Anyone embarking on an international assignment should pack plenty of humility in their tool kit. This is one piece of advice Lisa Quinn offers to product professionals, and she knows of what she speaks. As director of global product marketing for project information management provider inRiver, she has divided her career between her native United States and Sweden, and she’s learned from experience.
“Approach the market with humbleness,” Quinn said from inRiver’s headquarters in Malmö, Sweden. “Be open to hearing and working with other POVs (points of view). Blend what you know with what you are learning from other cultures. Take the best parts of the culture you are working with and capitalize on it.
“It’s about listening, not speaking, and seeking to understand first.”
Quinn, who’s been with inRiver since September 2018, admits she could have used that advice when she moved to Sweden 12 years ago after two decades in marketing stateside. “When I came over here, I felt pretty confident, but was humbled by the experience,” said Quinn, who now has dual U.S. and Swedish citizenships.
It’s obvious Quinn is at home in Sweden as she talked with The Pragmatic about a variety of topics, including her move to the country, the importance of strategy and tactics in the profession, the future of product managing and marketing, and life in Europe.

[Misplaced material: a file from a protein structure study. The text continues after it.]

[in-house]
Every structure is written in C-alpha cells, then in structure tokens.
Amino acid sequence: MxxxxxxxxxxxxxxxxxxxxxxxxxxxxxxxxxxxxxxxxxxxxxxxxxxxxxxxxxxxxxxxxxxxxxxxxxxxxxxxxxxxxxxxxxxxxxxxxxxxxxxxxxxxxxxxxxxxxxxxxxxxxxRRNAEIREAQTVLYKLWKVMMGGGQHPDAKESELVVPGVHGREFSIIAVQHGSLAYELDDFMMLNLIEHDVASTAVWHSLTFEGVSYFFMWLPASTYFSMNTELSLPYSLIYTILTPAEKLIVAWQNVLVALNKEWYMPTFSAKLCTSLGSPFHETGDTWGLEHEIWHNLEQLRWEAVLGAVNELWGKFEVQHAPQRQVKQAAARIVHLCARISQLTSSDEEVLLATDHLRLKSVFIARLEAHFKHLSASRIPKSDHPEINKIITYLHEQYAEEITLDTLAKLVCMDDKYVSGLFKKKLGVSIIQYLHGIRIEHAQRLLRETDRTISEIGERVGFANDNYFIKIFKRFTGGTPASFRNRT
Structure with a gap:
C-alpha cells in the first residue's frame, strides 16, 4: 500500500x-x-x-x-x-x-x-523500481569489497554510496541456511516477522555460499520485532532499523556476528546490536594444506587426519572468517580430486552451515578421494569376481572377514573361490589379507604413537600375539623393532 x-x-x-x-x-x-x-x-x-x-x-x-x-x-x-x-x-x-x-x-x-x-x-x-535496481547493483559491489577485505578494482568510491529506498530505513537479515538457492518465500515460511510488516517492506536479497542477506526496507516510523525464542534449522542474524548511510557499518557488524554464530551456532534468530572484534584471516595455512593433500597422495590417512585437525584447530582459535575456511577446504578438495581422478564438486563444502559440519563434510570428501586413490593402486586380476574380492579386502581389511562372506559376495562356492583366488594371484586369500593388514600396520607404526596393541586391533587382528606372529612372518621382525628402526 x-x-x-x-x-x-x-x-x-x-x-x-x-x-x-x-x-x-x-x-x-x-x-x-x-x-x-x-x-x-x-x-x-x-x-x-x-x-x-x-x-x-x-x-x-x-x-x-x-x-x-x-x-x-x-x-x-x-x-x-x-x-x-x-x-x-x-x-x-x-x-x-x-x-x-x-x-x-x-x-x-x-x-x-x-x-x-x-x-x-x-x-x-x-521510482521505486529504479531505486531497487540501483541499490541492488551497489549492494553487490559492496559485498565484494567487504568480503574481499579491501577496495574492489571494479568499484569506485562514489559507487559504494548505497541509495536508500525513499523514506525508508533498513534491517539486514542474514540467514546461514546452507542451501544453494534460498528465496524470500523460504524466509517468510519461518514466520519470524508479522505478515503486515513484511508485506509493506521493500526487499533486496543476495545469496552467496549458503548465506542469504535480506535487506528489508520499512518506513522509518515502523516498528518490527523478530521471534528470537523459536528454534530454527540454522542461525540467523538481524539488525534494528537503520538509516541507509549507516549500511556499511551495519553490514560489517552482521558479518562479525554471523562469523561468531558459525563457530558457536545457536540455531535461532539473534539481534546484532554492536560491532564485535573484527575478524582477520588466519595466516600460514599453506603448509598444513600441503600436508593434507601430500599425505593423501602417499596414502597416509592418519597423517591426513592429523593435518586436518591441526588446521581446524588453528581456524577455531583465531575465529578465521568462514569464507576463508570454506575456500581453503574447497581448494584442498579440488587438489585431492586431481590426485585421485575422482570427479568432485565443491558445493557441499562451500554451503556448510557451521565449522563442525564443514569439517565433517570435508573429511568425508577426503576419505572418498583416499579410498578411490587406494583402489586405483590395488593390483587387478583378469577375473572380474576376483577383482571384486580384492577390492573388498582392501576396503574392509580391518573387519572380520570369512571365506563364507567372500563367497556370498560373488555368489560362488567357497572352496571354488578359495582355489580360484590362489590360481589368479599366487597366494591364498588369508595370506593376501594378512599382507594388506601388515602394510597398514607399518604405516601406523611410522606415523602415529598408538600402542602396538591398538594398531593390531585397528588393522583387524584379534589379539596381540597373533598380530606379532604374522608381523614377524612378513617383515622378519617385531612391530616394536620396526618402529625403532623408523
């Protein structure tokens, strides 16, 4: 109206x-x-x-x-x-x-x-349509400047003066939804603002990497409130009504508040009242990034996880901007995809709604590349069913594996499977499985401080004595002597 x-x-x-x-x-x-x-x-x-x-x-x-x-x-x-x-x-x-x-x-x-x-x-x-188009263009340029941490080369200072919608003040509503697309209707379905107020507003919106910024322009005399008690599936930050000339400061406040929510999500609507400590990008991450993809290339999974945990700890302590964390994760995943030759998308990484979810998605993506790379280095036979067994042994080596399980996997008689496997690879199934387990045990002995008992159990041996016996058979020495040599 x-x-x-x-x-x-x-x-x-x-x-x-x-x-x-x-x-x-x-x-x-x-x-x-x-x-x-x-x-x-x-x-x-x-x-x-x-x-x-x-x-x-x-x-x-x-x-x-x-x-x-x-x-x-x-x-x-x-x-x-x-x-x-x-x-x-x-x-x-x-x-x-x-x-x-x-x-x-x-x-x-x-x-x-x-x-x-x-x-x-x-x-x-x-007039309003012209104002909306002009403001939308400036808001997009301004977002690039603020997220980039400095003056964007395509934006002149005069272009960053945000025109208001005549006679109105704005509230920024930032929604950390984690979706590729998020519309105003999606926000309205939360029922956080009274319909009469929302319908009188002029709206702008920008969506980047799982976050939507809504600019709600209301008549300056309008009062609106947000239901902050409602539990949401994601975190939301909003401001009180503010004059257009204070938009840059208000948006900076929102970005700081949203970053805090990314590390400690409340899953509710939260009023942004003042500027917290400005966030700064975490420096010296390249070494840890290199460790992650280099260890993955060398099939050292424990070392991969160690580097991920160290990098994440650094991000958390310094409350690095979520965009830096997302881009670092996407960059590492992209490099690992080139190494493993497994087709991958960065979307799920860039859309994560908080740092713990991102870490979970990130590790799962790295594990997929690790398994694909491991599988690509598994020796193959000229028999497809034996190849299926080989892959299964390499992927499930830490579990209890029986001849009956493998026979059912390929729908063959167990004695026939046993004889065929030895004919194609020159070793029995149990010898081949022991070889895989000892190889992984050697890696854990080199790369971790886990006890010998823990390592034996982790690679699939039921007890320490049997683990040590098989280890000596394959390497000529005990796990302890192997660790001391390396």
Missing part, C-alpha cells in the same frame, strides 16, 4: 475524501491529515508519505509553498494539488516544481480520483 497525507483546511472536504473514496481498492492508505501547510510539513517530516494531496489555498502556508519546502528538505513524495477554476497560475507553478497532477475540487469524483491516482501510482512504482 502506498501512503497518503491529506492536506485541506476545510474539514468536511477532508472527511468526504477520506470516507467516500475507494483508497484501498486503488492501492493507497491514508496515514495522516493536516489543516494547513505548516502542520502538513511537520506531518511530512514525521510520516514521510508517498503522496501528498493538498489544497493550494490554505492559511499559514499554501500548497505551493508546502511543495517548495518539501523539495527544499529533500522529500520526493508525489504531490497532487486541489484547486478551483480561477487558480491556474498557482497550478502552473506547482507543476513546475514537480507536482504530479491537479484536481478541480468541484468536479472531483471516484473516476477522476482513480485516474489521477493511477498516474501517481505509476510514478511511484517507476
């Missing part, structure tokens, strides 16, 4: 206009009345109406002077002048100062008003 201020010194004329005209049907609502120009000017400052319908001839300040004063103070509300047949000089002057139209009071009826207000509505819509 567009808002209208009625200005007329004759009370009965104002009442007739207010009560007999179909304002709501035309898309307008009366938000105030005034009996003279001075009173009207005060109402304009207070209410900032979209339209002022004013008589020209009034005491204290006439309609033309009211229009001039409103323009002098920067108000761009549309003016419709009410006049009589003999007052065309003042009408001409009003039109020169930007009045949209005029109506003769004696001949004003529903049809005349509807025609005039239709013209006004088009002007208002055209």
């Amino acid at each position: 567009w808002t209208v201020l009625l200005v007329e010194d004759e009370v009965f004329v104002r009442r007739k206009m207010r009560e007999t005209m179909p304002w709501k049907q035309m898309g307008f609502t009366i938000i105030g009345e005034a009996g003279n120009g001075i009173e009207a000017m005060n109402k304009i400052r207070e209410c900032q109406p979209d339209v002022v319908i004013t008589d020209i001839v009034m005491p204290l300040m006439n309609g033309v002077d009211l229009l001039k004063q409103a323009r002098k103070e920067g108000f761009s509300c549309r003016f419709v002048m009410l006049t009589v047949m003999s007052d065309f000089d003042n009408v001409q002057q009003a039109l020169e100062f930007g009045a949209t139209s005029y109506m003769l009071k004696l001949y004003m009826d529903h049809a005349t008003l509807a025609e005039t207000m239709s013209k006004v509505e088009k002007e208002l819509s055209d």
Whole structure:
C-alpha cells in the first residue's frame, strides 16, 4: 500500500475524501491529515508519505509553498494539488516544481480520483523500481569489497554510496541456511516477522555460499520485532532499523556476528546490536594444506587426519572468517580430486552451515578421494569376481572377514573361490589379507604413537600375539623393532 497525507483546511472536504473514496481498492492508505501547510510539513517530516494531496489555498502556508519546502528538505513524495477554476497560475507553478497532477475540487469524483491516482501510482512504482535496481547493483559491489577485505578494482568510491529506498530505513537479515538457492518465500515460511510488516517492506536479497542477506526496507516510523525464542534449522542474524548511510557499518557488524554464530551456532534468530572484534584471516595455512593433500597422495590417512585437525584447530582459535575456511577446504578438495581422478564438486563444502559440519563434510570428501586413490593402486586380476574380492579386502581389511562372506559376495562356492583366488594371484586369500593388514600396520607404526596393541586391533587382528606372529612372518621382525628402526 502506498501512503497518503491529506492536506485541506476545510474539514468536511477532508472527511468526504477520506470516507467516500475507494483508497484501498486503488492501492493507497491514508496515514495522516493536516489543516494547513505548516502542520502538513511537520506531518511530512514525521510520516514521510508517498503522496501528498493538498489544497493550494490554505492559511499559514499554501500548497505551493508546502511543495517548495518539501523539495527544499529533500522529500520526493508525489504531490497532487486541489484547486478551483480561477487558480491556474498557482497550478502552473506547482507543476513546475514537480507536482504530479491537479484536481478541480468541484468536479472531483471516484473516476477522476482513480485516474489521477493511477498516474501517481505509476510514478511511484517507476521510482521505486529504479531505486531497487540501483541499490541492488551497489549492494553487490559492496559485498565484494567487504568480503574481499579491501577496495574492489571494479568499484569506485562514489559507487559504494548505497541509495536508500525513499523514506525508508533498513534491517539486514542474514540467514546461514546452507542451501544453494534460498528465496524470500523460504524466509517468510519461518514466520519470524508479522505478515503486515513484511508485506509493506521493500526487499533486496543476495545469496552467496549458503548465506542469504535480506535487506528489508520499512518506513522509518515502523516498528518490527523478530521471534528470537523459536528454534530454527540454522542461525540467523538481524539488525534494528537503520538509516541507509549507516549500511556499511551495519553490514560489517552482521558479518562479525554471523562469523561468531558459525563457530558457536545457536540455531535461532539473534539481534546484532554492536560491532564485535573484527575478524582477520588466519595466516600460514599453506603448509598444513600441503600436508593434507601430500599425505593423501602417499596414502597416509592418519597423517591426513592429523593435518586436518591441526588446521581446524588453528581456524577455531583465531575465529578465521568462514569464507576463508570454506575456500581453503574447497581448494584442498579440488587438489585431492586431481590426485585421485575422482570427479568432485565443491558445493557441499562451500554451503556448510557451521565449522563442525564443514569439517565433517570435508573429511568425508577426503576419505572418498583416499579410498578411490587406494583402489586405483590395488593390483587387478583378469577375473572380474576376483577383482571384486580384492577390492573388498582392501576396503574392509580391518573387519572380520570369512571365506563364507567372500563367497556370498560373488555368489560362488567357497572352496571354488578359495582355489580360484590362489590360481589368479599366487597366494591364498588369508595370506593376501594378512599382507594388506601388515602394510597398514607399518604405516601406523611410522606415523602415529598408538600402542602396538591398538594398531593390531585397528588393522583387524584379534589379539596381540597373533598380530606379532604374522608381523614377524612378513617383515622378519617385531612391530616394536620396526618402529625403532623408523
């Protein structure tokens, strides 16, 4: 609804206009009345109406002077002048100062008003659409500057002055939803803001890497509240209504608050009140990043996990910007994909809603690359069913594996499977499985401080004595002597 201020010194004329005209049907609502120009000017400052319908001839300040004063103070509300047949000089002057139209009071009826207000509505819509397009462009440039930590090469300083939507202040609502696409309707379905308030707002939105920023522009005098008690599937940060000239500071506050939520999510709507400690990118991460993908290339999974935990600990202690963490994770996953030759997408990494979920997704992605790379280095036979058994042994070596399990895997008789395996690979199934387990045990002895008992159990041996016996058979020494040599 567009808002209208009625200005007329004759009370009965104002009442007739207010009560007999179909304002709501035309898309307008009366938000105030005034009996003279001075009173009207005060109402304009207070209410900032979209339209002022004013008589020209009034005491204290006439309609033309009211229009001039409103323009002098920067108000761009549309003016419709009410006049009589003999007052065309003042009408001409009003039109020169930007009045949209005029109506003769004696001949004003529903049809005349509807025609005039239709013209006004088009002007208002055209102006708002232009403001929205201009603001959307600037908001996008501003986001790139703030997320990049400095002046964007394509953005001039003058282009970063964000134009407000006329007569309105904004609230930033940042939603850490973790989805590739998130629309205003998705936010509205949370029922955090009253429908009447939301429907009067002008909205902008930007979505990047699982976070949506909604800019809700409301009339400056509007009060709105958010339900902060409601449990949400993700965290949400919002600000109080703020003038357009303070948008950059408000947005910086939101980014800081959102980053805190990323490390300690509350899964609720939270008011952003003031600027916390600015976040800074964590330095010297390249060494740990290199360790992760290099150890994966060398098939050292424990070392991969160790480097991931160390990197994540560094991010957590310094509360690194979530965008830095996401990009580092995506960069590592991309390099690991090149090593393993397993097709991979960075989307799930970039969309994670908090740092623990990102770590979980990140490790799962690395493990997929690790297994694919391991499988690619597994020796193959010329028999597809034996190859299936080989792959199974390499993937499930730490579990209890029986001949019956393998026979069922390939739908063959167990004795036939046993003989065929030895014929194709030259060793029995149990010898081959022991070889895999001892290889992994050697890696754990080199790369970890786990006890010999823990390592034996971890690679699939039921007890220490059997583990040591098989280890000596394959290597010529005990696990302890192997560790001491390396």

The Pragmatic: The first question is obvious. How did a person who grew up and worked in Atlanta wind up in Sweden?
Quinn: Like many expats in any foreign country—love! In my case, it was love of an Irishman who lives In Sweden. I met Kevin in Atlanta when I was doing freelancing for his company. I was planning to do an MBA overseas in Australia, to get a different perspective, but he brought me back to Sweden to live with him and his two daughters. I am an expensive souvenir from his trip to America and I am still costing him a lot! (Author’s note: Lisa ended this last response laughing.)
The Pragmatic: What is one thing Americans, whose only knowledge of Sweden may be watching The Girl with a Dragon Tattoo, know about Sweden?
Quinn: The tradition of having a “Fika”—a moment to relax and reflect, connect with family, friends or colleagues, nature, or even with oneself. It started in the mid-1600s when coffee was introduced to Sweden. At work, it is kind of expected. Usually, it’s daily around 10 a.m., but there is no set time or length. Usually, it’s around 15 minutes. But the other day I went to see a colleague on maternity leave, and we talked for an hour and a half. Fika plays well into the Swedish concept of work-life balance. We have the longest maternity leaves in Europe. Everyone has 20-30 days of paid vacation. Twenty days are mandated when you start a full-time job.
The Pragmatic: What do you like to do when you are away from work?
Quinn: I love learning and helping others win. I am focusing on living a healthy life. For the past 18 months I’ve been learning to practice yoga and meditation. I’ve been a golfer since I was 12 and, for a creative outlet, I have been into photography since my dad bought me my first Nikon when I was 13. Plus, we have a 3-year-old chocolate Labrador, Indie, who keeps us busy.